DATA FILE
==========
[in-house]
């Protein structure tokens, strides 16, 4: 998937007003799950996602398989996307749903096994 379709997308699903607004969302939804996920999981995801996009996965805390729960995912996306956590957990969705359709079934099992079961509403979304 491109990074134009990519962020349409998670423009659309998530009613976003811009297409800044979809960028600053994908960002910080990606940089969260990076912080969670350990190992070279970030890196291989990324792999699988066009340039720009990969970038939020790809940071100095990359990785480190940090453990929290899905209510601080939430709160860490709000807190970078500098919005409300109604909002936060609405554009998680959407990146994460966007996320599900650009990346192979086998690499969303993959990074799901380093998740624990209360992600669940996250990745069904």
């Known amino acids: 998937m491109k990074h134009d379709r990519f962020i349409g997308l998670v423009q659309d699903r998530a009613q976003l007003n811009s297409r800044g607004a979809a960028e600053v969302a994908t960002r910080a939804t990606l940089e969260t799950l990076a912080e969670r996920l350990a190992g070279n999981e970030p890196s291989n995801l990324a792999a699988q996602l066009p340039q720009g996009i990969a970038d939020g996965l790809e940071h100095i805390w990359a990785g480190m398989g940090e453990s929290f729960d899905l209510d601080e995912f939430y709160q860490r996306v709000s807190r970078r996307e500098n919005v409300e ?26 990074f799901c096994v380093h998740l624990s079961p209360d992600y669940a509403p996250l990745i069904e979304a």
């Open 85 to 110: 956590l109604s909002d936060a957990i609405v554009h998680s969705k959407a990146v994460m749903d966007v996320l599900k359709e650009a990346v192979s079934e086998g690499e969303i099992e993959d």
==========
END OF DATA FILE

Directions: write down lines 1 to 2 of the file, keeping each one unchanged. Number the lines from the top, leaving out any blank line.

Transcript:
[in-house]
């Protein structure tokens, strides 16, 4: 998937007003799950996602398989996307749903096994 379709997308699903607004969302939804996920999981995801996009996965805390729960995912996306956590957990969705359709079934099992079961509403979304 491109990074134009990519962020349409998670423009659309998530009613976003811009297409800044979809960028600053994908960002910080990606940089969260990076912080969670350990190992070279970030890196291989990324792999699988066009340039720009990969970038939020790809940071100095990359990785480190940090453990929290899905209510601080939430709160860490709000807190970078500098919005409300109604909002936060609405554009998680959407990146994460966007996320599900650009990346192979086998690499969303993959990074799901380093998740624990209360992600669940996250990745069904």